To get the bullet out I grabbed a section of an old broken cleaning rod.  It was aluminum so I didn't have to worry about tearing up the barrel.  I slid the rod in and gave it a couple taps with my Leatherman.  It didn't budge.  Always push the bullet in the direction it was traveling, trying to push it the wrong way can damage your barrel and make it harder to get it out.  But after an initial try I realized it wasn't going to easily tap out.  It was time to get some real tools and lubricants involved.  This would not have been an easy fix in the field.

I dropped a couple drops of Kroil down the barrel and waited a few minutes.  Then I used a real hammer to tap on the rod.  No movement.  It ended up taking both penetrating oil and 20 solid whacks with a hammer to get the bullet out.  You can see the picture of the bullet most of the way out, it's a perspective you don't get to see very often!

The last picture shows what the bullet looked like once it was removed.  It was in pretty good shape.  The gun it was lodged in uses polygonal rifling, I'm not sure if that made it easier or harder to push through the bore.  But in the end the bullet was cleared and the barrel was undamaged.  It cut a range visit short, but no harm was done and I learned a thing, so I'm calling it a win.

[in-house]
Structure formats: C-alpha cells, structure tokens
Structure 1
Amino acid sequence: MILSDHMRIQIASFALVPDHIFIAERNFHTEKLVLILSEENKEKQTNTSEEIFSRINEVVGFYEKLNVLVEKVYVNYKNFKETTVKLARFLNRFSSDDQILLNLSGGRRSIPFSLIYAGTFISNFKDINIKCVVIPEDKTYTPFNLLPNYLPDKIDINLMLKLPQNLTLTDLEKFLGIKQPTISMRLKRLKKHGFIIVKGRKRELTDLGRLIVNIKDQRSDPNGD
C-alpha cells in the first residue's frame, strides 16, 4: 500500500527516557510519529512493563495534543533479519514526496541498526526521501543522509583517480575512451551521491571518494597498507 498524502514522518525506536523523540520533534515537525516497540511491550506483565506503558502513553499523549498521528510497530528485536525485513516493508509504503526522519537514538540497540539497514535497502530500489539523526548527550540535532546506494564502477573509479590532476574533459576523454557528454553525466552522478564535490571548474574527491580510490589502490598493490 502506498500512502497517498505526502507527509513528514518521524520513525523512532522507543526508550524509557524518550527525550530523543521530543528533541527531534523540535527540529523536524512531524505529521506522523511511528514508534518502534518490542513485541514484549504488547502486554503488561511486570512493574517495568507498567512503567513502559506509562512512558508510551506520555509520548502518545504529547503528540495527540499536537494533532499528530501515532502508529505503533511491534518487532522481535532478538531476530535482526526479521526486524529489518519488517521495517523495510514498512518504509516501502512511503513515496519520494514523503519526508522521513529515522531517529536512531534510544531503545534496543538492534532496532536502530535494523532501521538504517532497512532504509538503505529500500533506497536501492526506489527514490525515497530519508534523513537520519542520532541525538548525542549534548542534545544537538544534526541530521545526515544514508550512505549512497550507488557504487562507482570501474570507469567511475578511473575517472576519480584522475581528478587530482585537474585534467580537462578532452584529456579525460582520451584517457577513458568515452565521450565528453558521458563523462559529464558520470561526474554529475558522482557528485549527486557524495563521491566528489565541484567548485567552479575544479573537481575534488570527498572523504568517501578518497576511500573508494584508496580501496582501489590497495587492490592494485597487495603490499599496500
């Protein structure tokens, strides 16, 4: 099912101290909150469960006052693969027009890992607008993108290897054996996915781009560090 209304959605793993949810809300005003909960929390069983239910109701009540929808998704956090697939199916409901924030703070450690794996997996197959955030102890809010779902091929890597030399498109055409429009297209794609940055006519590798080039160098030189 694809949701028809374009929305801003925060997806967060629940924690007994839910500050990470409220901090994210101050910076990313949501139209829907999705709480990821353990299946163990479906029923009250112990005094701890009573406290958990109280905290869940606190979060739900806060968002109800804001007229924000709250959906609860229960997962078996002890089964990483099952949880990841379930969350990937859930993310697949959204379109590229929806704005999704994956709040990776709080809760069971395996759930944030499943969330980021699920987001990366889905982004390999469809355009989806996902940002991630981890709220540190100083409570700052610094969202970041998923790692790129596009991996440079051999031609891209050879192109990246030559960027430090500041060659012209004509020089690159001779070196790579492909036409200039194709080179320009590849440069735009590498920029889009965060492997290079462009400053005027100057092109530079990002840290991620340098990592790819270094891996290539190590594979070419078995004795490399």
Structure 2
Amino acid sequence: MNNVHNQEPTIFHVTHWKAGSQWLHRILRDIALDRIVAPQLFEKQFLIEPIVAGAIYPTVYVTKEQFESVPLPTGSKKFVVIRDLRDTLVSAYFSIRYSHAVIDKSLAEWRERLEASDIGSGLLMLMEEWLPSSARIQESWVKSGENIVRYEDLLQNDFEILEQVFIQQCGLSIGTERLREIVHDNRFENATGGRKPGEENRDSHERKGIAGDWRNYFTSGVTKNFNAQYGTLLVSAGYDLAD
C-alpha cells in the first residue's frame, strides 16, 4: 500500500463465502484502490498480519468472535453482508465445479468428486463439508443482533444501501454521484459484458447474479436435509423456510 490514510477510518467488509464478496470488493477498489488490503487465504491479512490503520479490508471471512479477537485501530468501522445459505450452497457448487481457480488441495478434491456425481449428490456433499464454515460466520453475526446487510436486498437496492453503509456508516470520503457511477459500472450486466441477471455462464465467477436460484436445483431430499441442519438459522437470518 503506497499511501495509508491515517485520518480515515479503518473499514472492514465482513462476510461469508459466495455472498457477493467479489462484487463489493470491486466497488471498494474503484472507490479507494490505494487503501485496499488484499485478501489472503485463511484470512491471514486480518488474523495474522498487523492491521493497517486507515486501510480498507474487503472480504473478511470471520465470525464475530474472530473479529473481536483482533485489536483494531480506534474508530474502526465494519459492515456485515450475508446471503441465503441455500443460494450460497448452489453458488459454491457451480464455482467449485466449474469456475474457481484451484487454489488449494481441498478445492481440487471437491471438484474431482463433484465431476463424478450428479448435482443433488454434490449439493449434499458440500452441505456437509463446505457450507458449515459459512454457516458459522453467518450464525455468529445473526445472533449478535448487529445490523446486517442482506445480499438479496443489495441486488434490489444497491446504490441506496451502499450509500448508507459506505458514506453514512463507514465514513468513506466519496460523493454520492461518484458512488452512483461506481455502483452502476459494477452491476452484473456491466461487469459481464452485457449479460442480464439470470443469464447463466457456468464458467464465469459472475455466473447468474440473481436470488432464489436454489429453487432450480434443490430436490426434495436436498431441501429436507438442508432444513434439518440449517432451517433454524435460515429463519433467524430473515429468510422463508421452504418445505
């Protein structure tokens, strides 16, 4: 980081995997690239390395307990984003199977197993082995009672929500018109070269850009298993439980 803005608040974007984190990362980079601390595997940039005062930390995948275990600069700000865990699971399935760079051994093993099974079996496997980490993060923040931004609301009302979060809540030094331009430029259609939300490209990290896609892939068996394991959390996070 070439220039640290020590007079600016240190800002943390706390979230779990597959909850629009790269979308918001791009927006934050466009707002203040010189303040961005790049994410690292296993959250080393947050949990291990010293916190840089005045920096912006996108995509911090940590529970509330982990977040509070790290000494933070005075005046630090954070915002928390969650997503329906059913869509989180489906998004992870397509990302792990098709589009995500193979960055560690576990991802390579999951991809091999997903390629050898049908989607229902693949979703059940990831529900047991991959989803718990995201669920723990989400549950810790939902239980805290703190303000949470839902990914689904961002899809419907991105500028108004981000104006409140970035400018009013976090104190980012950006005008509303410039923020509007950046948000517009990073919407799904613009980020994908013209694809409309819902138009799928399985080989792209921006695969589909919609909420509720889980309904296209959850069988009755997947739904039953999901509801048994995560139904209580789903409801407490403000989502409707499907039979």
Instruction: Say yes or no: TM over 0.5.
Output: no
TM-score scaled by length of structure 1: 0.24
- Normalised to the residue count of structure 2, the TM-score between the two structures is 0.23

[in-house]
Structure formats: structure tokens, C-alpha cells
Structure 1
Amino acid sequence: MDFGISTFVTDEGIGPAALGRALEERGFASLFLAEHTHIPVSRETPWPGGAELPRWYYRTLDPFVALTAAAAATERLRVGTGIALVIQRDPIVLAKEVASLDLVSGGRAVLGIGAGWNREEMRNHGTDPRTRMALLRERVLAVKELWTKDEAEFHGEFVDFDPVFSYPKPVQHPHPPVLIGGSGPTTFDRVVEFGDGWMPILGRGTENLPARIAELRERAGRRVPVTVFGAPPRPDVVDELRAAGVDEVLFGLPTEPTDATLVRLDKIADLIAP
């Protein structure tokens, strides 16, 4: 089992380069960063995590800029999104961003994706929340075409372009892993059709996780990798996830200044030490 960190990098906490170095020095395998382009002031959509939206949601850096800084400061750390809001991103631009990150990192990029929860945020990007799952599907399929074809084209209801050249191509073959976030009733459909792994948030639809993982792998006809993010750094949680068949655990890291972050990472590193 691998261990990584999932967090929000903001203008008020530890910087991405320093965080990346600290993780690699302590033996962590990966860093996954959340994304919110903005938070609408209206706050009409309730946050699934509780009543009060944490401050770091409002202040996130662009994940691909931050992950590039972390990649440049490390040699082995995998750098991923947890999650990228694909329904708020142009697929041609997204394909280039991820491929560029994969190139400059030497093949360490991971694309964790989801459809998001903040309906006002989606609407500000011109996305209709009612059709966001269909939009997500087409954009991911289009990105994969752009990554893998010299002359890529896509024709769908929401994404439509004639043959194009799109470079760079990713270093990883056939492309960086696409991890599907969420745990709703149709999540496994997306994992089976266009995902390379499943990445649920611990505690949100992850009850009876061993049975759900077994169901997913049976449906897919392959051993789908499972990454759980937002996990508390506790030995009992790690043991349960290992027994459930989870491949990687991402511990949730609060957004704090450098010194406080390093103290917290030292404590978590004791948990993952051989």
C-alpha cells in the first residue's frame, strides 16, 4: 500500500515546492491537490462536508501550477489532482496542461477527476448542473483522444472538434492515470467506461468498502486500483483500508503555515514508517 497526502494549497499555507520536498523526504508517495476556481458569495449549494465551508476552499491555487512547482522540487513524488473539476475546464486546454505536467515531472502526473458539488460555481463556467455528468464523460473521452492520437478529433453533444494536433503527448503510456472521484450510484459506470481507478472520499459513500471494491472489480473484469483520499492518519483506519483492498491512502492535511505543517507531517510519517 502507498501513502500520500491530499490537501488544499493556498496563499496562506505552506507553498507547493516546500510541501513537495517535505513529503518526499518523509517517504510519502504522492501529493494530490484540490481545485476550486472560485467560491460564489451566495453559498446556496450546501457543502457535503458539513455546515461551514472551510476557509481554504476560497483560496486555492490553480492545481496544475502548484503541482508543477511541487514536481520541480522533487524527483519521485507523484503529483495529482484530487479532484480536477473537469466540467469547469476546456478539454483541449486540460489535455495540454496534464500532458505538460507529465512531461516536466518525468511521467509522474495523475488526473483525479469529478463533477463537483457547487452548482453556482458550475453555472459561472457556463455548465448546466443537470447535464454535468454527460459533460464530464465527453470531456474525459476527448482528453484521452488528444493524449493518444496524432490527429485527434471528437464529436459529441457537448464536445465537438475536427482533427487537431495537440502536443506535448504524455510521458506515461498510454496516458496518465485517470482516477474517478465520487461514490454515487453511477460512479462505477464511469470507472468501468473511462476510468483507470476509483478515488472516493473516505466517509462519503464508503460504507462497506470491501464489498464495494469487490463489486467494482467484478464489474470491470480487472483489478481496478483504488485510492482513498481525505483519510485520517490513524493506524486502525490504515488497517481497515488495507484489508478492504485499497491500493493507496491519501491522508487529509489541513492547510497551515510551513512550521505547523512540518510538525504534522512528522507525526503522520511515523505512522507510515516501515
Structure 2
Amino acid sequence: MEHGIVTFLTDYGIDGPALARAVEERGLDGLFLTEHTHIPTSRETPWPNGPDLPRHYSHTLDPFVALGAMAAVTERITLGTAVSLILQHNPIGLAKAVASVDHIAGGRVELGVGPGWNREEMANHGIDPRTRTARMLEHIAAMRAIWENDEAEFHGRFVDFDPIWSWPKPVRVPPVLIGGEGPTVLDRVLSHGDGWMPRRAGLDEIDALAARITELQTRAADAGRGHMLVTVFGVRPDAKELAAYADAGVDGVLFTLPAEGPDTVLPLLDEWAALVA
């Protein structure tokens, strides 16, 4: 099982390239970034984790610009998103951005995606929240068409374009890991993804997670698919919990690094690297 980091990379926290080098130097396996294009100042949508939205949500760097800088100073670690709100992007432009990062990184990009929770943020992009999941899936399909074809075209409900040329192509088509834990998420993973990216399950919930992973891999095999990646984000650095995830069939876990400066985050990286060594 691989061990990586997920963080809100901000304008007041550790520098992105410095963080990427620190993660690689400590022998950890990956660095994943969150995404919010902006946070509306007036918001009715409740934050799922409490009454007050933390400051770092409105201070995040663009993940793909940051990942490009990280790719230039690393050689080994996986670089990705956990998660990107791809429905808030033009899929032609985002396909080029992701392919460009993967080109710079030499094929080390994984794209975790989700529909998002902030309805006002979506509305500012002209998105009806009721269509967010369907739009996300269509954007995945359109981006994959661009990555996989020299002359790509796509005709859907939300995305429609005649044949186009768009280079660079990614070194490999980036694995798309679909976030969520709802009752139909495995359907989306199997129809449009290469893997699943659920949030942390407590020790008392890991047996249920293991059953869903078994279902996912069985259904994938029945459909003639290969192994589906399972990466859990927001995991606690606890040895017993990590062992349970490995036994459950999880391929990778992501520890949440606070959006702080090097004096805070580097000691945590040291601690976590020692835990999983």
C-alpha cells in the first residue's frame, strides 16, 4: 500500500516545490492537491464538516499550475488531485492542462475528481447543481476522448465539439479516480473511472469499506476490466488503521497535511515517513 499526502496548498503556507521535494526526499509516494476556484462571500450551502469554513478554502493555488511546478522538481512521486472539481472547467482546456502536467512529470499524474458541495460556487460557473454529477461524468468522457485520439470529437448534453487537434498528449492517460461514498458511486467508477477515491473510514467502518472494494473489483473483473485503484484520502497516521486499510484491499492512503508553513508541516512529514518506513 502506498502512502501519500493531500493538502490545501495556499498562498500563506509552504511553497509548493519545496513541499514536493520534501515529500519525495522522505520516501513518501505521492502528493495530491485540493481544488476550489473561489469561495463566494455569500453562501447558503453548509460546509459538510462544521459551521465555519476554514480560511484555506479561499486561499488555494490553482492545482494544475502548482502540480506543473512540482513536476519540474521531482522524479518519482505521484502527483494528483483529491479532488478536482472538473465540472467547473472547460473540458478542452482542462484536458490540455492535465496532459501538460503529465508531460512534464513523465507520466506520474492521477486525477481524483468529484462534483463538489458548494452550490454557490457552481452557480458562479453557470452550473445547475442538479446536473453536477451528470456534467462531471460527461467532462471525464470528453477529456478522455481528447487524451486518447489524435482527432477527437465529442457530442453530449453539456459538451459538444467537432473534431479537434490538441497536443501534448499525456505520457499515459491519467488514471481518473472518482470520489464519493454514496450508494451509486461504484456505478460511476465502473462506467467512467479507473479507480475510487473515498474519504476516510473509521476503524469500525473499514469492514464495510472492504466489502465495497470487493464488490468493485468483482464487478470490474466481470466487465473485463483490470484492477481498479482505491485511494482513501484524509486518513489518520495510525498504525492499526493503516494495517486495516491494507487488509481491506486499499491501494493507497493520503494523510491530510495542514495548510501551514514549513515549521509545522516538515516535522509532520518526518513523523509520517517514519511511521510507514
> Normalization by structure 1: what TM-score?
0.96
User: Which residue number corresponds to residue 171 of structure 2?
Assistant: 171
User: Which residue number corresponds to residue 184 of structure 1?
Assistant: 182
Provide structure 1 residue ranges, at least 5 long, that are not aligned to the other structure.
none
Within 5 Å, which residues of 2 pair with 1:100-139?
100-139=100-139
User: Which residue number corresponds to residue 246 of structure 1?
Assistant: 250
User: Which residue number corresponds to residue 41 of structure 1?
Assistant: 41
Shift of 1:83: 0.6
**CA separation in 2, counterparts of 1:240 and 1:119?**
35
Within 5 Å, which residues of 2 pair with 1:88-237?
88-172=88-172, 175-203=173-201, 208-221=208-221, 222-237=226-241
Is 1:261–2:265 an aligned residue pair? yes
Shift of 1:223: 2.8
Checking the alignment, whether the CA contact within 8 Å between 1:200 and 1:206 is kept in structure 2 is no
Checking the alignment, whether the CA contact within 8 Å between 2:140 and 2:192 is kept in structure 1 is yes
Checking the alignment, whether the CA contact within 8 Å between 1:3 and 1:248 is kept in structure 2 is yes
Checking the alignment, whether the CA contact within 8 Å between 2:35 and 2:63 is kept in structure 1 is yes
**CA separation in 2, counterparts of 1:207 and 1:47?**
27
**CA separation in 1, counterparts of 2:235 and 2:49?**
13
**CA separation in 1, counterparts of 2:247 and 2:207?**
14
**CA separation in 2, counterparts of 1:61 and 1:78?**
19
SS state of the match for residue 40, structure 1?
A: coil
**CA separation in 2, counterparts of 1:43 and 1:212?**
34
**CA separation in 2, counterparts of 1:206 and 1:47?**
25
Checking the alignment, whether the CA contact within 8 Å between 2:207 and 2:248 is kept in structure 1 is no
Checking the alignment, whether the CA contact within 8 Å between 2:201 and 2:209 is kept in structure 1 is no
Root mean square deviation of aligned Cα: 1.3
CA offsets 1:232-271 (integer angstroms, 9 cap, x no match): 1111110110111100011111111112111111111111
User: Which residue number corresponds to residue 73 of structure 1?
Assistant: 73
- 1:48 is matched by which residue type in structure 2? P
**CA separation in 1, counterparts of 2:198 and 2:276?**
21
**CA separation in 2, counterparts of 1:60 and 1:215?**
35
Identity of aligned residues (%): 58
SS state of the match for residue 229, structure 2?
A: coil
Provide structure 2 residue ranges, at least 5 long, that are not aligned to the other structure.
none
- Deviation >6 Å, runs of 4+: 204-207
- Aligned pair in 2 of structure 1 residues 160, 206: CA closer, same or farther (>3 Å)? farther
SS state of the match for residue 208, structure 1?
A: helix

Stay safe out there!

Monday, November 4, 2013

A Sort of Legacy?

Over the weekend I went to an event, a burlesque show that was a fundraiser for a local charity.   This isn't an uncommon way for me to spend and evening, but it left me thoughtful.  It was organized by Zombie Squad, an organization I've volunteered with for a number of years, including some leadership positions.  In fact, one of my most prized possessions came from ZS, a gift given to me after I was in charge of the forums for two years.  As I was observing the show I realized that I had an impact on the organization.  I guess I never realized it as it was happening, but my involvement has shaped the group in at least some small part.  Often I thought I was just treading water and not being very effective.  Last night I realized that probably wasn't the case.  I found that heartening, knowing I had made a difference.
This is precious to me, as silly as that may seem

I discovered Zombie Squad back in 2005 when they were just over a year old.  As I got to know them I realized it was a group of people who wore sturdy shoes and thought you should take care of yourself, help your neighbor and be prepared for emergencies.  But more importantly they weren't also racists, tin foil hatters, wacky militia types or religious extremists that often make up groups focused on emergency preparedness.  This was the peer group I'd been missing and I was instantly attracted to them.  These were my people.